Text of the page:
Instead of resorting to this remedy it is better to divide the cropping area (when large enough to be worth while) into at least five equal parts each of which shall take its turn to produce a hay crop. Each of the other divisions should be devoted consecutively to produce a root crop (turnips, beets), a fruit crop (tomatoes, cucumbers), a salad crop (lettuce, cabbage) and a seed crop (corn, peas). Where this practice is not feasible the seven-year plan illustrated in Figure 34 will provide a good substitute.
In addition to crop rotation, four other systems of cropping are practised to gain other ends. 1. Marker cropping consists in thinly sowing seed of a quick-sprouting and maturing crop in the same rows as a slow sprouting one (parsnip, carrot) or one whose seedlings are hard to see (beet, onion) when they first come up. The favorite marker is a forcing variety of radish. In less than a week (often in three or four days) the broad seed leaves of the radish appear and thus mark the location of the rows thus acting as guides for the hoe which should be started that early.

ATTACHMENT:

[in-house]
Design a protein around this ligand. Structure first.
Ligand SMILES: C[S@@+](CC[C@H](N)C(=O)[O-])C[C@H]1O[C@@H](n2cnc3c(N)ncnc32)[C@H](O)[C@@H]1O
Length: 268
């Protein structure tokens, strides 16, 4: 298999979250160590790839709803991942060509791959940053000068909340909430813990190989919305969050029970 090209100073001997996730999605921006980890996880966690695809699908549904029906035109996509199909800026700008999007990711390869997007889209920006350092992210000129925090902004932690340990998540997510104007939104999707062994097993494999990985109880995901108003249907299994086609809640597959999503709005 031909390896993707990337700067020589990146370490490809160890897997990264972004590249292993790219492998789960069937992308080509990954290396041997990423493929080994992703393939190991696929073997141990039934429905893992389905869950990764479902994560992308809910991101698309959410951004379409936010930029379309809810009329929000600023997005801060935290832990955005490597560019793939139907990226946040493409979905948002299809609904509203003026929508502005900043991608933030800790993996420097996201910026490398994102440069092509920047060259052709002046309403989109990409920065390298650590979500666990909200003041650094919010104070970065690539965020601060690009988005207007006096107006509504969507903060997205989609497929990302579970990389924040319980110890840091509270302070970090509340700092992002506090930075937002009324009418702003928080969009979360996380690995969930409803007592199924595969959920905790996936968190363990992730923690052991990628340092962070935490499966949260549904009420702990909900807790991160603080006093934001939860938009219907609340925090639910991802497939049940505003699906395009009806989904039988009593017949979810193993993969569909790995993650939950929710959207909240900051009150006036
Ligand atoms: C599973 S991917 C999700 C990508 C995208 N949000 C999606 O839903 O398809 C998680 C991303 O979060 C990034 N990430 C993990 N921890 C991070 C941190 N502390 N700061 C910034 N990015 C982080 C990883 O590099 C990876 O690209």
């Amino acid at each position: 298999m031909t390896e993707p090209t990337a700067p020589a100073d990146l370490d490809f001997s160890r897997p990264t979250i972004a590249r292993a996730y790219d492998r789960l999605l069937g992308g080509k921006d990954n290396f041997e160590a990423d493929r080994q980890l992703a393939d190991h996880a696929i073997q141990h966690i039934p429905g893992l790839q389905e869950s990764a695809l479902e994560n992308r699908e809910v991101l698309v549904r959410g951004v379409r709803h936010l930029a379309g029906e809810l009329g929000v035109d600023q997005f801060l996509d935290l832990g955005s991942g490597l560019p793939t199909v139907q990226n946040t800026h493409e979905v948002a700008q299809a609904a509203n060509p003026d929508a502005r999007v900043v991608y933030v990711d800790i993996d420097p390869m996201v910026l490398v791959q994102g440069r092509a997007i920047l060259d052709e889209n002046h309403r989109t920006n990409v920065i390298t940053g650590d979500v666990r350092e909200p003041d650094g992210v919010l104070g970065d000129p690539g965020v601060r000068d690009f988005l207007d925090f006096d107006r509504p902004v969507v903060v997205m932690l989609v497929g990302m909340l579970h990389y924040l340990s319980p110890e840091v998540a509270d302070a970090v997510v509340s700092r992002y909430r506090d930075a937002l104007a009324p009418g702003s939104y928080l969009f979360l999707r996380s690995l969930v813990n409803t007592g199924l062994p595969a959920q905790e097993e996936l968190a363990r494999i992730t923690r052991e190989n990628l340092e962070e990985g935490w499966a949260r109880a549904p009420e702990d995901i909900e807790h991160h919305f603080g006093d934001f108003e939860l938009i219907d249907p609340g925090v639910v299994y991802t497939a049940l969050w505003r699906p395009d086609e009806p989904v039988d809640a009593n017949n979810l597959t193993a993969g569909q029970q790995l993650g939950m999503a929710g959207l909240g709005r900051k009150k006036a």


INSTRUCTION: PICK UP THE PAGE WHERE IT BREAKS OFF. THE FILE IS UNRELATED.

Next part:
When the radish seeds are dropped about 2″ apart the seedlings do not interfere with the permanent crop and when a quick maturing variety is sown the radishes should all have been gathered within a month, thus leaving the later crop in full possession. The practice is applicable on only a small scale because the seed of each crop must be sown separately by hand. When seed is sown by a drill marker cropping is not necessary because the roller of the drill presses down the soil above the rows and leaves an easily seen mark which serves as a guide for the wheelhoe that should be used a day or two after sowing.